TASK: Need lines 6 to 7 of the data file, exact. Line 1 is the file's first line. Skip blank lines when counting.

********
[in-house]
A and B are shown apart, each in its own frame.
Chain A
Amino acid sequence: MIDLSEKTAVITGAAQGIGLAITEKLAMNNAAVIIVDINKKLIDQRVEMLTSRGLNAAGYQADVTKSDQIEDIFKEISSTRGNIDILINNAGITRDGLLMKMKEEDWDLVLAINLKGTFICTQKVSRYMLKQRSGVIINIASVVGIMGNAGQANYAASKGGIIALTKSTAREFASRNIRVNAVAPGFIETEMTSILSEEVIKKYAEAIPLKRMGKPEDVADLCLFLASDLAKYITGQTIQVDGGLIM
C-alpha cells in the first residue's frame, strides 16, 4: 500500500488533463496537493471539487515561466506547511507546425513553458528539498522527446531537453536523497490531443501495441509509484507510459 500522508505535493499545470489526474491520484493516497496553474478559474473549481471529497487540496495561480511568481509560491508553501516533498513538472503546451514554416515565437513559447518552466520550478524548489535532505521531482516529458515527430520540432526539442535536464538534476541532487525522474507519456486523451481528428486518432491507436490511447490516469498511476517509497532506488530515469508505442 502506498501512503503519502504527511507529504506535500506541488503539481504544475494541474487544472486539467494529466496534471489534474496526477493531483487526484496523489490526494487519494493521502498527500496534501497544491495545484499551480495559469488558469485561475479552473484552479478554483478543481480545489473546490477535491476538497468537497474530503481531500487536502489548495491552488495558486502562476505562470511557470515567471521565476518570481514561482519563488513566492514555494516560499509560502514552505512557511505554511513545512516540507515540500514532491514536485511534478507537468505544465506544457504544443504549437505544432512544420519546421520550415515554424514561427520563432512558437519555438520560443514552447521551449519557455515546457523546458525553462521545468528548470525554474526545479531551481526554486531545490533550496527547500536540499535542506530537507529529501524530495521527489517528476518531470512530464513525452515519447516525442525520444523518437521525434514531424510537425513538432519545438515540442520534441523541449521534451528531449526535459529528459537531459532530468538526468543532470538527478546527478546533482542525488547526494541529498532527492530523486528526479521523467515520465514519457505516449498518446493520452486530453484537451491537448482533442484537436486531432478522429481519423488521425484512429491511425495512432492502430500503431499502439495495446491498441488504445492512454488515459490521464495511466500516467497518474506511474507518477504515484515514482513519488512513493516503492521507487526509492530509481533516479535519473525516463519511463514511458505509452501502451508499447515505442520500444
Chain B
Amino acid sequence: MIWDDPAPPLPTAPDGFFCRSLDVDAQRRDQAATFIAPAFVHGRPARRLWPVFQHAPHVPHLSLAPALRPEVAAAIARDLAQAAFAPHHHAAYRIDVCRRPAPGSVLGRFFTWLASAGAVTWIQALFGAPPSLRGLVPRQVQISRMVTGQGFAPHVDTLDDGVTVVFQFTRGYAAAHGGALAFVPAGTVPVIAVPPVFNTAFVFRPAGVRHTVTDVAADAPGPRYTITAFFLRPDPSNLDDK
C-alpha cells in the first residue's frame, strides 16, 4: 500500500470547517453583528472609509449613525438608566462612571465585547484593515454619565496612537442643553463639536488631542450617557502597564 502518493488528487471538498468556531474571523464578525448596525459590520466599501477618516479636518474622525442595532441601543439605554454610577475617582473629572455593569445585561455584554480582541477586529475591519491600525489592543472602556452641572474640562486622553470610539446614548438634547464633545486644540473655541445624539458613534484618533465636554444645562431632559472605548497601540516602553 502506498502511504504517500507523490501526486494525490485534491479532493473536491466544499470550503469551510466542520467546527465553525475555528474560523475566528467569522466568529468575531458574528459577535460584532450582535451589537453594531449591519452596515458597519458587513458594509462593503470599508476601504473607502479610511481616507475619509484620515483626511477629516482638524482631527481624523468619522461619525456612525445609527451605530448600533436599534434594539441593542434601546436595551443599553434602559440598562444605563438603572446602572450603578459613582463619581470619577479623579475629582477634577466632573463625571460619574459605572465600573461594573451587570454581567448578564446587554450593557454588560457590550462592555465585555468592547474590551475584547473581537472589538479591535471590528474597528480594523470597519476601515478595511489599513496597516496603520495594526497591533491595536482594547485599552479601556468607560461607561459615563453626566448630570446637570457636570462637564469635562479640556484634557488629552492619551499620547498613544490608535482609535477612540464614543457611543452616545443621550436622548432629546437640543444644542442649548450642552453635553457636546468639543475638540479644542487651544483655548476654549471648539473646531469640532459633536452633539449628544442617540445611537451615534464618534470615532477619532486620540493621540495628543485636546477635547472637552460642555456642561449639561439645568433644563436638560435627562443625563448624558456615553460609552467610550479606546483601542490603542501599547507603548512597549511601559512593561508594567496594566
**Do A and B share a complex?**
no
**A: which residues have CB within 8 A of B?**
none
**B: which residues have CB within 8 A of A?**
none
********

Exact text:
Chain B
Amino acid sequence: MIWDDPAPPLPTAPDGFFCRSLDVDAQRRDQAATFIAPAFVHGRPARRLWPVFQHAPHVPHLSLAPALRPEVAAAIARDLAQAAFAPHHHAAYRIDVCRRPAPGSVLGRFFTWLASAGAVTWIQALFGAPPSLRGLVPRQVQISRMVTGQGFAPHVDTLDDGVTVVFQFTRGYAAAHGGALAFVPAGTVPVIAVPPVFNTAFVFRPAGVRHTVTDVAADAPGPRYTITAFFLRPDPSNLDDK